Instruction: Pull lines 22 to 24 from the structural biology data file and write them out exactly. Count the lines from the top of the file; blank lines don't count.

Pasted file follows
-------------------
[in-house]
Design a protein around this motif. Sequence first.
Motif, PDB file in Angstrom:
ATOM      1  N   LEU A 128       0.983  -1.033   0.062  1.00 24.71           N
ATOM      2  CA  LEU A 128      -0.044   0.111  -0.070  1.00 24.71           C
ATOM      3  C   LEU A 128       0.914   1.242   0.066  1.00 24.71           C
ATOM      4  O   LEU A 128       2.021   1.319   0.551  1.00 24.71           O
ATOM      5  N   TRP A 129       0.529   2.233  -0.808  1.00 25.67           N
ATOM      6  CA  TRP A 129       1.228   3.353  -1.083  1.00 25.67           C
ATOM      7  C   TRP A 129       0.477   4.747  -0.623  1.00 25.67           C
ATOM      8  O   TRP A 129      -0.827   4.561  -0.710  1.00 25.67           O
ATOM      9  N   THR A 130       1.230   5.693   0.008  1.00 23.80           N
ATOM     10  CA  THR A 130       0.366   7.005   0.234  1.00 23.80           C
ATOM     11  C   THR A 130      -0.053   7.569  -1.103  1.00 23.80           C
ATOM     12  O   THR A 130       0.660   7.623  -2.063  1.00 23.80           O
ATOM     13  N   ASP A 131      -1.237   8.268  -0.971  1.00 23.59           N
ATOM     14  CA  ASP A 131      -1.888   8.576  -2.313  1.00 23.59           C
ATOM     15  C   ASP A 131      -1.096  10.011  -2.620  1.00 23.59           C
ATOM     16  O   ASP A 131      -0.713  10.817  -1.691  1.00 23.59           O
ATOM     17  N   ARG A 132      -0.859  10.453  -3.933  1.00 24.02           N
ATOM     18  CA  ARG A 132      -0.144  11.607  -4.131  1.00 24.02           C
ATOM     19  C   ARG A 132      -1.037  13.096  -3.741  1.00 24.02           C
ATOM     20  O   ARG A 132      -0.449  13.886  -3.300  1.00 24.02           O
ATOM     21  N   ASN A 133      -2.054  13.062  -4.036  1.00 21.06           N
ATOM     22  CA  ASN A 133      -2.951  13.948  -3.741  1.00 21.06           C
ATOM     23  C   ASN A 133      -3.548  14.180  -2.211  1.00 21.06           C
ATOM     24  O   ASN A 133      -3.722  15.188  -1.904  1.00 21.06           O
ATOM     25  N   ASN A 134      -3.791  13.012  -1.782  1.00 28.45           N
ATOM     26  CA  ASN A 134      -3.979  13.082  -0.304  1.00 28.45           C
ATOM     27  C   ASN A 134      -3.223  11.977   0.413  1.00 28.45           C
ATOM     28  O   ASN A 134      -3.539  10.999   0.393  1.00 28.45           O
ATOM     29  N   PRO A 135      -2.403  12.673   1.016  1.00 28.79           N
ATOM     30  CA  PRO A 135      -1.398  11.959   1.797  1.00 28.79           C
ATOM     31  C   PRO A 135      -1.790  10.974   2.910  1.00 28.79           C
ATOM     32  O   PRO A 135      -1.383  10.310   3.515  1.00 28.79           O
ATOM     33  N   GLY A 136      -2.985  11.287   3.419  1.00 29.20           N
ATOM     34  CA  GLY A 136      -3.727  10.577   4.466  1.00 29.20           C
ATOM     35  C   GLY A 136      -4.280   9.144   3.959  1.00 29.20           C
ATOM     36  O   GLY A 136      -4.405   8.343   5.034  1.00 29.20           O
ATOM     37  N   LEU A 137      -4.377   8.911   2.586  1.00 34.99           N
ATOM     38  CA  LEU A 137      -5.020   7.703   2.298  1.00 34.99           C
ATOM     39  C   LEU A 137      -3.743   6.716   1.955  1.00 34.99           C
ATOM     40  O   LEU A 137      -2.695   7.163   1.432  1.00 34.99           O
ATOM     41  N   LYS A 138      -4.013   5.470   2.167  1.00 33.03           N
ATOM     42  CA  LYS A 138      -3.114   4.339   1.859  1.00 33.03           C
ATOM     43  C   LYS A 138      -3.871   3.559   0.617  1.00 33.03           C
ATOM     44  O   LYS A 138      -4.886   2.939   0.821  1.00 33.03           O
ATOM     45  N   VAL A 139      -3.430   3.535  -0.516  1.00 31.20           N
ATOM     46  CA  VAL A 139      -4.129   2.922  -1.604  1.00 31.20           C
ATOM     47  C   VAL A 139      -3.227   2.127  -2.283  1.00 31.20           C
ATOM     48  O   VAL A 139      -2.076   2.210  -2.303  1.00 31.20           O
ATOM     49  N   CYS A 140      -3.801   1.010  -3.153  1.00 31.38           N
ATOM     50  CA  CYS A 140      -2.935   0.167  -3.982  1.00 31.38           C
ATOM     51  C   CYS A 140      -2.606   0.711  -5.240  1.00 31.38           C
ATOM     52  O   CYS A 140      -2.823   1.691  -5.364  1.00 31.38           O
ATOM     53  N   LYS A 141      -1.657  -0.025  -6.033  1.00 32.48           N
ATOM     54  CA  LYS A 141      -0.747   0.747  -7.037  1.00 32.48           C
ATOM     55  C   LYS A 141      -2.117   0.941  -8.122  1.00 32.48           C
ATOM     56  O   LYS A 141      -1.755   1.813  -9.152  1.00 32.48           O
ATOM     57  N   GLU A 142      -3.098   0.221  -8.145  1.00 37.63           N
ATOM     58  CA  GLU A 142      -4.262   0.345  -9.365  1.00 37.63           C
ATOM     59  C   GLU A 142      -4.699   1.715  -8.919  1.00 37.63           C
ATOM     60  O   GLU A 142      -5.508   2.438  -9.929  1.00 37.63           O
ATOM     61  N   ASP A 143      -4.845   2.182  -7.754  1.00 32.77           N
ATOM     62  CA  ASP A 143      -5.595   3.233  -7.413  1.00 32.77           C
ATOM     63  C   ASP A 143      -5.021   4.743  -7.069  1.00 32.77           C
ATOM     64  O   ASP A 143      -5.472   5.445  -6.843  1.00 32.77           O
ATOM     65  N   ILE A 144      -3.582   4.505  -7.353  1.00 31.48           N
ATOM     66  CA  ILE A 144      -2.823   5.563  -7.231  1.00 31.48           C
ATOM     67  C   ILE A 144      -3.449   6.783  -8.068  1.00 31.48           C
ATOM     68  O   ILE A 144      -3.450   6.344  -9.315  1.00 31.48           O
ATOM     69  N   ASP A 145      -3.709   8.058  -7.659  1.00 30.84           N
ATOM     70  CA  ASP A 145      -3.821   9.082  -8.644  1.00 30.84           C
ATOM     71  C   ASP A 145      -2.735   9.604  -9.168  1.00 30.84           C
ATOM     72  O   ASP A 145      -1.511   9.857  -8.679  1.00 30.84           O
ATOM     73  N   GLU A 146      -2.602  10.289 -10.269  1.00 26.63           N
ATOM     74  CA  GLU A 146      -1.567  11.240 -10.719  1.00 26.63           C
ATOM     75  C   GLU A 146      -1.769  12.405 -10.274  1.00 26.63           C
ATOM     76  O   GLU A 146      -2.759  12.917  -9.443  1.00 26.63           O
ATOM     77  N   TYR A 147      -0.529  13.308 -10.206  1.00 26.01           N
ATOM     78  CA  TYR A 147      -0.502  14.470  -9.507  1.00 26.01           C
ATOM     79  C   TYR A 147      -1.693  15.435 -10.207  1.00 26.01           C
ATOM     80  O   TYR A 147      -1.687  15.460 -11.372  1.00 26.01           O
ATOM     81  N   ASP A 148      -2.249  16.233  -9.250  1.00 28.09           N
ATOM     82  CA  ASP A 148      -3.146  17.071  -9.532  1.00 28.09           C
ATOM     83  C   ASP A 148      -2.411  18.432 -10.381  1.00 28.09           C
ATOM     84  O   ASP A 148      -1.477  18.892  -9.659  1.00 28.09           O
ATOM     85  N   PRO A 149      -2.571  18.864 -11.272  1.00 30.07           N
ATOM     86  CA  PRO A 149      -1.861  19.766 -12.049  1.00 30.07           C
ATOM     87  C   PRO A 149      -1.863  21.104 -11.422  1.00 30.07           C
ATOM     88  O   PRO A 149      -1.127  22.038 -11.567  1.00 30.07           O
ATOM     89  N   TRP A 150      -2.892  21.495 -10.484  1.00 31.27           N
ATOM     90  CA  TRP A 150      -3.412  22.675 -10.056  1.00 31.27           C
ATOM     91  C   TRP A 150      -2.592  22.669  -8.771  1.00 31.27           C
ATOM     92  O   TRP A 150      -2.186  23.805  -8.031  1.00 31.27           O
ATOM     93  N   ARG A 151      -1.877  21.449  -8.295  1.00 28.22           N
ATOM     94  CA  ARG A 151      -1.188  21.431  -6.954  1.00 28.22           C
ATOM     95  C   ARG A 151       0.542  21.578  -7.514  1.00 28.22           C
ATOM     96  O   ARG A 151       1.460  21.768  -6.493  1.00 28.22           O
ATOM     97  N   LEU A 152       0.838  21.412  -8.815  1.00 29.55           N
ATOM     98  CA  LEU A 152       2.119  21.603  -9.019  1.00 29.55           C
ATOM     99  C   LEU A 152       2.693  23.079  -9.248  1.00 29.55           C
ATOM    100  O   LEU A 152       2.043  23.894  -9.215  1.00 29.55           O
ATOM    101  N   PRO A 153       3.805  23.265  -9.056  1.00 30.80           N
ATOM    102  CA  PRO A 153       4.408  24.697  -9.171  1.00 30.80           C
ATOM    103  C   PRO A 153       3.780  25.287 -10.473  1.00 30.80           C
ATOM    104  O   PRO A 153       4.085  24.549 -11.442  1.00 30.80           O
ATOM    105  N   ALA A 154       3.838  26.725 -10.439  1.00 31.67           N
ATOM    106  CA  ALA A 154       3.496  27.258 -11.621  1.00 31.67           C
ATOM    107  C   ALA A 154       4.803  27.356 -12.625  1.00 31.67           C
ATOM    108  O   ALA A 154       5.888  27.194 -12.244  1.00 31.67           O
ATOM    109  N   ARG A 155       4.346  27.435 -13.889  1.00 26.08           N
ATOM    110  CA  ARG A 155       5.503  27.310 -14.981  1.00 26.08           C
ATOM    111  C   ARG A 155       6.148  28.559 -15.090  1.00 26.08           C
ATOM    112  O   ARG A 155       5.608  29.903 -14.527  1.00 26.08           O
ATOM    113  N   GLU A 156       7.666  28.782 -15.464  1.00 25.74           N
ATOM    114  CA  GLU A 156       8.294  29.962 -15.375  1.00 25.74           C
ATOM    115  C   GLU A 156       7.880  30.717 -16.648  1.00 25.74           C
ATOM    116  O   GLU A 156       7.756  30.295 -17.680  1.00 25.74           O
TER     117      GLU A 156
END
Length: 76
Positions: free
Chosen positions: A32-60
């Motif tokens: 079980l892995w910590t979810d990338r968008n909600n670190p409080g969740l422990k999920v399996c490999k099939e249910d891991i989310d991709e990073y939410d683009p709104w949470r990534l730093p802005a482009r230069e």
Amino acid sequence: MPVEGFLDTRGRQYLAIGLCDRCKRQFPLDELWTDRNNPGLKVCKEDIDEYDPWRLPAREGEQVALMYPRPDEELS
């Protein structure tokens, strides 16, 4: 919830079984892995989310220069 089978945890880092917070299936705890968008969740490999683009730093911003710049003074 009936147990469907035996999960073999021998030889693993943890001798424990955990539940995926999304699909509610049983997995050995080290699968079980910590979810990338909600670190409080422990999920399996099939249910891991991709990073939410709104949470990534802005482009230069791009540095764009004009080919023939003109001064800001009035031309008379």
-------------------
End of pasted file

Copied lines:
ATOM     19  C   ARG A 132      -1.037  13.096  -3.741  1.00 24.02           C
ATOM     20  O   ARG A 132      -0.449  13.886  -3.300  1.00 24.02           O
ATOM     21  N   ASN A 133      -2.054  13.062  -4.036  1.00 21.06           N